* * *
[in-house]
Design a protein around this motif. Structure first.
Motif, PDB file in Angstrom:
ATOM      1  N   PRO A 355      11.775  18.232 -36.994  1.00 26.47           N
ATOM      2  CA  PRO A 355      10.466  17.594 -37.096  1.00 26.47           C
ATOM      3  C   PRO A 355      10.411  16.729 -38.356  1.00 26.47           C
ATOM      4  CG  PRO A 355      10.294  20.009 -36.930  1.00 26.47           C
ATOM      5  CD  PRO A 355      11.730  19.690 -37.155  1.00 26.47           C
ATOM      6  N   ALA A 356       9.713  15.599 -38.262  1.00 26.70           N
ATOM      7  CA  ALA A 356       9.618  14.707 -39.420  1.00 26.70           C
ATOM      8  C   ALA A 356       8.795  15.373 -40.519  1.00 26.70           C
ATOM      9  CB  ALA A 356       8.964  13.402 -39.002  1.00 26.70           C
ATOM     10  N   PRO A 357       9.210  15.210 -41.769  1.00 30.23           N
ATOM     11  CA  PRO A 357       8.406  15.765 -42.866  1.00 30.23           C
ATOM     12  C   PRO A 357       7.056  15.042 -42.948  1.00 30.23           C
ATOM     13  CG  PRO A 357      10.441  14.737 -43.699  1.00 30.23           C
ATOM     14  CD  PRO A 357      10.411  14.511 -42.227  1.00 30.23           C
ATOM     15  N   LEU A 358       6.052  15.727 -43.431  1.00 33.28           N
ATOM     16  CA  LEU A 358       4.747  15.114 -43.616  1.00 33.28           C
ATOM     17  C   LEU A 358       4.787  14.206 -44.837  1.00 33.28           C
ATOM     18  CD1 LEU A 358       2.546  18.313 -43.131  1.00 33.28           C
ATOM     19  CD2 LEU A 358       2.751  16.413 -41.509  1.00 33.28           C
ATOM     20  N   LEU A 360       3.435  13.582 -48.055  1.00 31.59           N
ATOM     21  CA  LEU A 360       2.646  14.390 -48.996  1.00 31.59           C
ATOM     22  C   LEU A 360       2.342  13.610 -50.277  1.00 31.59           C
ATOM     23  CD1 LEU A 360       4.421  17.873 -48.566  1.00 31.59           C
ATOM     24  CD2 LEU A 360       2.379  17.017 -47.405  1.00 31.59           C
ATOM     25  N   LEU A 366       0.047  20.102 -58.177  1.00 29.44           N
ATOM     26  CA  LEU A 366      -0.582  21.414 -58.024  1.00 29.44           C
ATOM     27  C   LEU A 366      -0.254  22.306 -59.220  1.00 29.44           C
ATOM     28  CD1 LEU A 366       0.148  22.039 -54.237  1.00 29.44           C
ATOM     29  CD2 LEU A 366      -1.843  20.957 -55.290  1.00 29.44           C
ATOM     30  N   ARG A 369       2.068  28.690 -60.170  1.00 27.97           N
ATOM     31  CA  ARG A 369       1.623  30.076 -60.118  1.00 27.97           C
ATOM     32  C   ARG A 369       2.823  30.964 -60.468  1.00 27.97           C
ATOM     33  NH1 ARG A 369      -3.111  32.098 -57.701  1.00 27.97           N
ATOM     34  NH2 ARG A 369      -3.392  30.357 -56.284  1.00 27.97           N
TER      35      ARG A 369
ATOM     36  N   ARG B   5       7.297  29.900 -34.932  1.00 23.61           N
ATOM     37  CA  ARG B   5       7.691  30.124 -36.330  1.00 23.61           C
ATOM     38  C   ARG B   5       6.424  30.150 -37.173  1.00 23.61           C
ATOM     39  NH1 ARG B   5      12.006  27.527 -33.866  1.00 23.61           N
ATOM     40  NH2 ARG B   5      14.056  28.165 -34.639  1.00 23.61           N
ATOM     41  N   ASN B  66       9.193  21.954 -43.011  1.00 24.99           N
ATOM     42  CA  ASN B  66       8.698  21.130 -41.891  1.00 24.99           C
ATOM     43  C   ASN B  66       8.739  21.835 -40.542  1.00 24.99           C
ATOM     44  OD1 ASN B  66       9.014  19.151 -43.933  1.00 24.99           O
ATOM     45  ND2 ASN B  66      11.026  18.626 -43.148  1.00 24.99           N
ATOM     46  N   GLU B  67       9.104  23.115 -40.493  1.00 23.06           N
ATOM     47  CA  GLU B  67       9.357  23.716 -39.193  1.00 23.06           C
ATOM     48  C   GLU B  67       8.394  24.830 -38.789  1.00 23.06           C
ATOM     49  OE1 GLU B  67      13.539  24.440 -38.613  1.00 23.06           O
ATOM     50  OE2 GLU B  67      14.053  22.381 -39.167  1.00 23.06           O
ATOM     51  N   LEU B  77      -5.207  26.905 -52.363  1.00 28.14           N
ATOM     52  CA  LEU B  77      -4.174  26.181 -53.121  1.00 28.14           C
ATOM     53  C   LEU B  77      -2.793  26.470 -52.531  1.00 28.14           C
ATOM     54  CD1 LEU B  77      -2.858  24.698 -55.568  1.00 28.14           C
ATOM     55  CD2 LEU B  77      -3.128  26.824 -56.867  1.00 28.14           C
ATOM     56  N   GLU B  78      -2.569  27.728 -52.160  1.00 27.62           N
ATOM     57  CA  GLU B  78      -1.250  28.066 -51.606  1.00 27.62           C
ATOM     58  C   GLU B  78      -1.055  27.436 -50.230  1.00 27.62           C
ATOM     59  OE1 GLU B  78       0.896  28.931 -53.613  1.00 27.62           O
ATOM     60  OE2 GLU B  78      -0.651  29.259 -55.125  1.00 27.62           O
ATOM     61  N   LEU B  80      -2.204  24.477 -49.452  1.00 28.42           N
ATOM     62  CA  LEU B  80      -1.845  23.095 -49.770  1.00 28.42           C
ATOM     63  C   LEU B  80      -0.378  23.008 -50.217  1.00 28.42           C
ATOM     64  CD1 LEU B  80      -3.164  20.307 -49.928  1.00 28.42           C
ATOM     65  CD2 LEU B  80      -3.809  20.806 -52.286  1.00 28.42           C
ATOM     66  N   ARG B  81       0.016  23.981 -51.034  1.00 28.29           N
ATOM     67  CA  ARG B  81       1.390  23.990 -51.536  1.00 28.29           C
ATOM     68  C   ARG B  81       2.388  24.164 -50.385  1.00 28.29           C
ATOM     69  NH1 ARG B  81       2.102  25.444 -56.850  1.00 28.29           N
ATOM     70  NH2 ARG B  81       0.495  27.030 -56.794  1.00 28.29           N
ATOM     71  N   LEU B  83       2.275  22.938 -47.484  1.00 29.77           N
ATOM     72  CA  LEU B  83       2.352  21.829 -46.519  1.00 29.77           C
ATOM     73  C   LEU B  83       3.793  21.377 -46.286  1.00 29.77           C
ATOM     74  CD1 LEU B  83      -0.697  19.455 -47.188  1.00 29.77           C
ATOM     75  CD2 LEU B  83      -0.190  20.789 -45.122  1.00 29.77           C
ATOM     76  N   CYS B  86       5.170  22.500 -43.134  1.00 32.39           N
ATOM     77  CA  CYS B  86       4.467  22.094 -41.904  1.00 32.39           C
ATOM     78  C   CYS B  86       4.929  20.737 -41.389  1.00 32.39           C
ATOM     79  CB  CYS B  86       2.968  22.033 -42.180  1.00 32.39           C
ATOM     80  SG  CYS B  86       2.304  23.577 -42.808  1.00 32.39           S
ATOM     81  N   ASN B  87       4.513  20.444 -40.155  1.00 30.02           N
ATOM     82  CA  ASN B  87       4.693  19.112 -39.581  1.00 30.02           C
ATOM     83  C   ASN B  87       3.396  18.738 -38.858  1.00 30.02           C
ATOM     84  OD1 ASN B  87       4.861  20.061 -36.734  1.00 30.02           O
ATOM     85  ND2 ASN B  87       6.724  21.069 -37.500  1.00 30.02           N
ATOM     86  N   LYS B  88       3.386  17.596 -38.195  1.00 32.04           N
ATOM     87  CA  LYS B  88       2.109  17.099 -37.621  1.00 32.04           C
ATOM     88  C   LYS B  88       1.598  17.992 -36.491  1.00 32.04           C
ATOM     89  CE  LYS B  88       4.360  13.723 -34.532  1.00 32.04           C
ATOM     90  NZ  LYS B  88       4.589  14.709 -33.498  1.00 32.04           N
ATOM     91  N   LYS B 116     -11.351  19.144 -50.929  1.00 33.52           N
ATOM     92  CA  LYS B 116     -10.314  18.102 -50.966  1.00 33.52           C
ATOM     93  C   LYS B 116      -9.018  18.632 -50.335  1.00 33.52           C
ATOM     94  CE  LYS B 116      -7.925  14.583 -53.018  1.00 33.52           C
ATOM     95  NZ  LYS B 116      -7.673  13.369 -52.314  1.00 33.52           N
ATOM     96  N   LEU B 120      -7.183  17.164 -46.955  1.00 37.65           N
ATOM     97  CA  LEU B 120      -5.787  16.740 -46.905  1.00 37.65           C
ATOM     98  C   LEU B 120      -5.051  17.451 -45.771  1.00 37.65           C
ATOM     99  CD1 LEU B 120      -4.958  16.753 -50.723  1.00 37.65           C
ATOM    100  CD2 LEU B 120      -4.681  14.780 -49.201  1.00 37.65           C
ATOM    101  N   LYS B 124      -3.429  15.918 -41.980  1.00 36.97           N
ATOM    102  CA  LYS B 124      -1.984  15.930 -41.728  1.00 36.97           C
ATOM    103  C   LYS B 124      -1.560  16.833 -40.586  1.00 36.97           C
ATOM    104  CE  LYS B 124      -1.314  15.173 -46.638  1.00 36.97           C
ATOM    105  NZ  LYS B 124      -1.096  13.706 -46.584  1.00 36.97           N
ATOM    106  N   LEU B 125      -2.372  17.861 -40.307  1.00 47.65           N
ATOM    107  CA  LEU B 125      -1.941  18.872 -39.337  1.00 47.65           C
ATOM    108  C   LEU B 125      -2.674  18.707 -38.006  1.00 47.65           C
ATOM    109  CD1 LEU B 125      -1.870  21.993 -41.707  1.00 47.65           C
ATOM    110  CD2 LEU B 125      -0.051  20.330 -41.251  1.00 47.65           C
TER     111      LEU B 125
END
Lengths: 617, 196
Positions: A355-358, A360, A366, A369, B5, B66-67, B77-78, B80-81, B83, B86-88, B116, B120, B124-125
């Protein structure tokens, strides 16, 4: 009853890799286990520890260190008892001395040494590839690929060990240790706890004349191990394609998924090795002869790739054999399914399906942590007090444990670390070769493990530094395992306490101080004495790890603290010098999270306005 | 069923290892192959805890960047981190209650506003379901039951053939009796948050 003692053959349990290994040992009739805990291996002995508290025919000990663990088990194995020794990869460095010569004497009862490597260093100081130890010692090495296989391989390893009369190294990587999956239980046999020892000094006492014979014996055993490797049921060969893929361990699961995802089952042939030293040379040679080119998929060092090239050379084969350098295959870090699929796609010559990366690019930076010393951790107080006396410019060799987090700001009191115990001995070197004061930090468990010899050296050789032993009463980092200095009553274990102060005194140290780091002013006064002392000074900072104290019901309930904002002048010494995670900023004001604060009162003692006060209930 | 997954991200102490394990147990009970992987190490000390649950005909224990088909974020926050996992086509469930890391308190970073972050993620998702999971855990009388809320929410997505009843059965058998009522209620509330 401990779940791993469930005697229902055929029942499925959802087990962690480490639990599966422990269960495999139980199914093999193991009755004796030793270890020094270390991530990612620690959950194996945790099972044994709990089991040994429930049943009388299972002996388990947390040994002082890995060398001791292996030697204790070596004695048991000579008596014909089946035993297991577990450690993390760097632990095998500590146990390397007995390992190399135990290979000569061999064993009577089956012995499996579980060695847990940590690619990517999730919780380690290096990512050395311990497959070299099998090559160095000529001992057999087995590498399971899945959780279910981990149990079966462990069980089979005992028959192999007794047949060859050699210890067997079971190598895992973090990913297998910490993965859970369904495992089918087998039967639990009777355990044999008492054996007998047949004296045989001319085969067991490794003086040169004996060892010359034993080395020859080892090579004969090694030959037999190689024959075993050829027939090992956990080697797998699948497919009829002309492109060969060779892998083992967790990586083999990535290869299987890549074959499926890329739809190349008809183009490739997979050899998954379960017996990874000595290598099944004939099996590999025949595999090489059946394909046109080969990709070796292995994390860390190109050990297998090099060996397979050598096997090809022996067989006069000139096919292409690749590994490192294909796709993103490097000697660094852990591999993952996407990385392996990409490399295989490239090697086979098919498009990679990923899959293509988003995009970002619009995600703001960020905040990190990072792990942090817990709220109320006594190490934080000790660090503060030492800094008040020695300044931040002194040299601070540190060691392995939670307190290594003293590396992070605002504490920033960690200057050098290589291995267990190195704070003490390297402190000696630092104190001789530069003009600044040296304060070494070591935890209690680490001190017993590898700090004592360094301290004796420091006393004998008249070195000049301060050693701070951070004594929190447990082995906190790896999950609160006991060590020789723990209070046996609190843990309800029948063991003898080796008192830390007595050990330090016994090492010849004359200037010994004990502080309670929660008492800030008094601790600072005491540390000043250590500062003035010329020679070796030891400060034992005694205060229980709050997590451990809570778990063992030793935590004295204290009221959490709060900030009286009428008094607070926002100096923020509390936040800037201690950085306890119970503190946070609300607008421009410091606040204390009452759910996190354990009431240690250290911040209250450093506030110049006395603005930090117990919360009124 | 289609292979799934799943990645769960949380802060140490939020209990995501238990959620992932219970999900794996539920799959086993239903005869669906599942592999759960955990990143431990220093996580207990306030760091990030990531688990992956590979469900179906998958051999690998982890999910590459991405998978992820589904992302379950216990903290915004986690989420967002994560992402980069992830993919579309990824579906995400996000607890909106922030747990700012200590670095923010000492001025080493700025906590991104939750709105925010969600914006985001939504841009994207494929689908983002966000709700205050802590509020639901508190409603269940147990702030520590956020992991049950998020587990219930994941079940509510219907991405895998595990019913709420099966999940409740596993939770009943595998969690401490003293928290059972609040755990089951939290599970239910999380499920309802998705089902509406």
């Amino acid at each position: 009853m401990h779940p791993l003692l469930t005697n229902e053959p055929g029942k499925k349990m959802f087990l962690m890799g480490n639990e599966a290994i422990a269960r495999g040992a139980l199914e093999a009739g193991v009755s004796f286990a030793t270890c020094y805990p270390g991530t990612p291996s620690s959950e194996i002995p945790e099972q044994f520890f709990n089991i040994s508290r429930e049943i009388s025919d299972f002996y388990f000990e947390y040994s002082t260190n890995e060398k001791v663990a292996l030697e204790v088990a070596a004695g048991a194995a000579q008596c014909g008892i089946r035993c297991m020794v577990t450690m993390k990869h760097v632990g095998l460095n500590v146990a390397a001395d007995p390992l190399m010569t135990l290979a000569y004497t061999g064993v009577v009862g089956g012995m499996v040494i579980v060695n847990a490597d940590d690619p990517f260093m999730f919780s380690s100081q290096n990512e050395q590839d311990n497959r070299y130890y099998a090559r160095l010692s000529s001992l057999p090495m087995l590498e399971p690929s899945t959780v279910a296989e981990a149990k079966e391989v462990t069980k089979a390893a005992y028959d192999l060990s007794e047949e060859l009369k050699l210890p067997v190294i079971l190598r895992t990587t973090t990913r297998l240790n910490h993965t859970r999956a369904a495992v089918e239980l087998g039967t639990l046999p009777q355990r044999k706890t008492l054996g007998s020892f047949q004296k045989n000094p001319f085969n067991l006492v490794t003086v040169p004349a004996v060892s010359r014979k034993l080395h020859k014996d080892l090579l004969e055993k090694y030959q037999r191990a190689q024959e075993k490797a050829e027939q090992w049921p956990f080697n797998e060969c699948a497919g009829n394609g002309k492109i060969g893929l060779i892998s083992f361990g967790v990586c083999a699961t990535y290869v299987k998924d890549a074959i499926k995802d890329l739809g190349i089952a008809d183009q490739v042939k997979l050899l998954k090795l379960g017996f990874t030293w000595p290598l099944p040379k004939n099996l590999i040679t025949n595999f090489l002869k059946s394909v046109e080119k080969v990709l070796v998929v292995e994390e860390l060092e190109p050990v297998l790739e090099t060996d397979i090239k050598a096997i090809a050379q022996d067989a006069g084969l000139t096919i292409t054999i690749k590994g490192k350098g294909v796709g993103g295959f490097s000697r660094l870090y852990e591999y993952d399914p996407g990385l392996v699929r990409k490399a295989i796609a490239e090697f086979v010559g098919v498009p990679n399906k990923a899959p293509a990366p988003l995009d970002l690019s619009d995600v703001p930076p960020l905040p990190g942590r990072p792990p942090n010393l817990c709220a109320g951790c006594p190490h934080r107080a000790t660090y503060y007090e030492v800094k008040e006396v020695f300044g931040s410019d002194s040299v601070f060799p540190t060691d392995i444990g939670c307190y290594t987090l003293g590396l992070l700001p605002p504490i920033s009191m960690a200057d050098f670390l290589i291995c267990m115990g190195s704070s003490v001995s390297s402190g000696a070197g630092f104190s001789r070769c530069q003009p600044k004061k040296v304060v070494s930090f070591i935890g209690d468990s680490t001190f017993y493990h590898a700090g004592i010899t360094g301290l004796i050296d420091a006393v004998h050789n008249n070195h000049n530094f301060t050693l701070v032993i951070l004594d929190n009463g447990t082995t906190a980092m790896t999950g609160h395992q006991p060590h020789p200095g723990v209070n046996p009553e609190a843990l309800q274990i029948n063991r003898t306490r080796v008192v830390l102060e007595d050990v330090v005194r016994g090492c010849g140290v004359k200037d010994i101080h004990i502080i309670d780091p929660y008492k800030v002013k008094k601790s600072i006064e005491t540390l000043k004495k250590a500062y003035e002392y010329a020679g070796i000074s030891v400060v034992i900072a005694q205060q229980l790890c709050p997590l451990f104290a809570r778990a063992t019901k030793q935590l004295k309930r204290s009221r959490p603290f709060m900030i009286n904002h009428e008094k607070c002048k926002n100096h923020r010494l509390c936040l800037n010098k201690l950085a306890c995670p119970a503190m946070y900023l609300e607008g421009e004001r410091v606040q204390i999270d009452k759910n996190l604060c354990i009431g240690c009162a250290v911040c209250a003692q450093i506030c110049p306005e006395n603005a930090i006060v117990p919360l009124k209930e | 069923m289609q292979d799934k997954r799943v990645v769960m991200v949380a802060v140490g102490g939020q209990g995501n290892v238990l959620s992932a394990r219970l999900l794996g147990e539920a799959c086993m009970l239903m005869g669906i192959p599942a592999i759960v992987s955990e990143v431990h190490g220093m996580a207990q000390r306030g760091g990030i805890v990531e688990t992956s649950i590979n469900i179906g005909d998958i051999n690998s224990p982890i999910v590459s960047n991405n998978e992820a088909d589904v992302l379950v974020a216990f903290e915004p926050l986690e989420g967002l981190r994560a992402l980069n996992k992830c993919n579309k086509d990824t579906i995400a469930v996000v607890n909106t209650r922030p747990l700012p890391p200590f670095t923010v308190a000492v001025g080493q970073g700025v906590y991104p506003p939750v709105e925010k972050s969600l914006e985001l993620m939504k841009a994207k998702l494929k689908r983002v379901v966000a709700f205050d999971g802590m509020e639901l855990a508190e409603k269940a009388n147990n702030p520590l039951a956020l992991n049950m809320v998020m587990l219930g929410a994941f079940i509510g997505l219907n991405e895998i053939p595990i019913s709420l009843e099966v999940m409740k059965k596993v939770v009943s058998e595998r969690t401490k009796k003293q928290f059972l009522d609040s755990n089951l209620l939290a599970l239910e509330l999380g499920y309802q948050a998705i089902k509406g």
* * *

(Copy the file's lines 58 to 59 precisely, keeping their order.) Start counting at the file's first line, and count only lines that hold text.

ATOM     55  CD2 LEU B  77      -3.128  26.824 -56.867  1.00 28.14           C
ATOM     56  N   GLU B  78      -2.569  27.728 -52.160  1.00 27.62           N